Mother Courage and Her Children and
Really, Brecht only has himself to blame for crafting such a well-rounded character who is at turns horrible, vicious and backstabbing, while at the same time driven by an overwhelming sense of survival. And this comes through in Frank Theatre's new production of the show. Led by a stunning performance by Annie Enneking as the title character, supported by a new translation by David Hare and music by Jonathan Dove, and crafted with invention and verve by director Wendy Knox and an excellent design team, this Mother Courage brings all of Brecht's rage to the stage, while at the same time letting us see the main character's motivations.
Set during the first part of the 17th century amid tumult of the 30 Years War, Mother Courage and Her Children travels with Anna Fierling, a camp follower who sells supplies, food and liquor to the mercenary soldiers battling out a conflict between the Catholics and Protestants. The reason for the war means little for the characters on and around the battlefield. They are there for the "glory" of battle – or the plunder they can find afterwards. We first see Anna traveling with three of her children, but as the play continues, the war takes one after another. She also occasionally finds friendship, but the overwhelming drive for her is in the money purse she wears at her waist.
Mother Courage starts slowly. While the production is a visual feast from the opening moments – her famous cart is a run-down affair, rudely made out of discarded bicycles – the acting feels, well, too Brechtian at the start. It comes into focus as her first child is killed as a spy by conquering soldiers. She must deny knowledge of her son, or share his fate. She does so with little hesitation, but Enneking lets us see the conflict that still rests within her. From here, the show goes from strength to strength. It ends with Enneking huddled over her daughter, who was killed while, for the first time of anyone in her family, trying to save someone else from slaughter. As Enneking says her goodbyes, she starts to remove her daughter's shoes, examines and even polishes them.
The balance of the cast is also strong, led by performances by Heather Bunch as Courage's mute daughter, Kattrin; and Emil Herrera as the Cook that befriends the family and even journeys with them for a time. Grant Richey is also good as a Protestant Chaplin who joins up the group as a way to avoid capture – and to provide a place for Brecht to make some not particularly veiled comments on religion and its role in conflict.
It would have been easy for Frank Theatre to draw direct parallels to today's world, but they wisely avoid any mentions of modern-day profiteers. It is clear that Courage, her children and everyone else in the show are playing roles that have been around since the beginning of human history – and ones that will continue as long as wars are fought. Mother Courage and Her Children may start slowly, but by the end it is clearly one of the strongest productions of the year.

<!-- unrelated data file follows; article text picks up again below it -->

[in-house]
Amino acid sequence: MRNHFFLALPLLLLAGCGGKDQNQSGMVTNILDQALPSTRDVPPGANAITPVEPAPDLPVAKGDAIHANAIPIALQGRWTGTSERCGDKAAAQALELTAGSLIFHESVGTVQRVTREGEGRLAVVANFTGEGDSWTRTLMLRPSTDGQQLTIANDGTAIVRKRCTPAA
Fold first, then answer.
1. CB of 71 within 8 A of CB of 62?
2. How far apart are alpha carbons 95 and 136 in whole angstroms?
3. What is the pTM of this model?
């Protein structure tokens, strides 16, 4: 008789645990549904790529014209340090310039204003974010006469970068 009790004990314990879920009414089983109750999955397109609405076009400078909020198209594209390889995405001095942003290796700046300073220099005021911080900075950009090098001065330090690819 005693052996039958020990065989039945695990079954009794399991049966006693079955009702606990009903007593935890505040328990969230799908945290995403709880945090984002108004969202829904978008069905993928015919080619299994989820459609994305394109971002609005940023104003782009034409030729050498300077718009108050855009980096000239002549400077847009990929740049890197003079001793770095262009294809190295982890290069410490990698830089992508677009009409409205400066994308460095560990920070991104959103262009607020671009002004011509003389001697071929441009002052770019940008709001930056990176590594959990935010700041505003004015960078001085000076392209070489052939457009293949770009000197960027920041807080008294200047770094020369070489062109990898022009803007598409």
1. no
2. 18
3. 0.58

Mother Courage and Her Children runs through Nov. 12 at the at the Pillsbury A Mill Machine Shop, 300 2nd St. SE., Minneapolis. For tickets and more information, call (612) 724-3760 or visit www.franktheatre.org.
Photo: Tony Nelson
For more than 20 years, the Twin Cities dance company Ballet of the Dolls has gone against expectations, presenting shows that move far beyond the staid expectations of ballet. Their latest, Night of the Living Dolls, is a Halloween delight, full of funny and inventive moments that move by in a (mostly) breezy 65 minutes.
The dance follows a mad magician, Herr Speilzueg, whose fantastic dolls are the talk of his town. A wealthy widow, Frau Hexe, wants one. And when Spielzueg refuses to sell, she decided to sneak inside his shop and see if she can steal one herself. Things get strange from there, for it seems the magician has used his powers to transform people into dolls.
You can see where the dances are going from here. Each doll is made up in a different persona – a China Doll, a Clown, a Flapper, even a Ballerina – and Herr Speilzueg entertains himself by making the dolls dance for him. These segments are great fun, though they do drag a bit. Each dancer gets their own solo, and after watching two sets of seven dances, you feel like the widow's story is getting lost. Yet it all comes back by the end, with a bizarre and fitting end to the proceedings.
The nine dancers are all strong, especially Zhauua Franks as the Widow and Robert Skafte as the Dollmaker. They are aided by nice turns by the seven dolls, who inhabit each of their personas with aplomb.
Night of the Living Dolls runs through Nov. 5 at the Ordway Center, St. Paul. For tickets, call 651-224-4222 or visit www.ordway.org.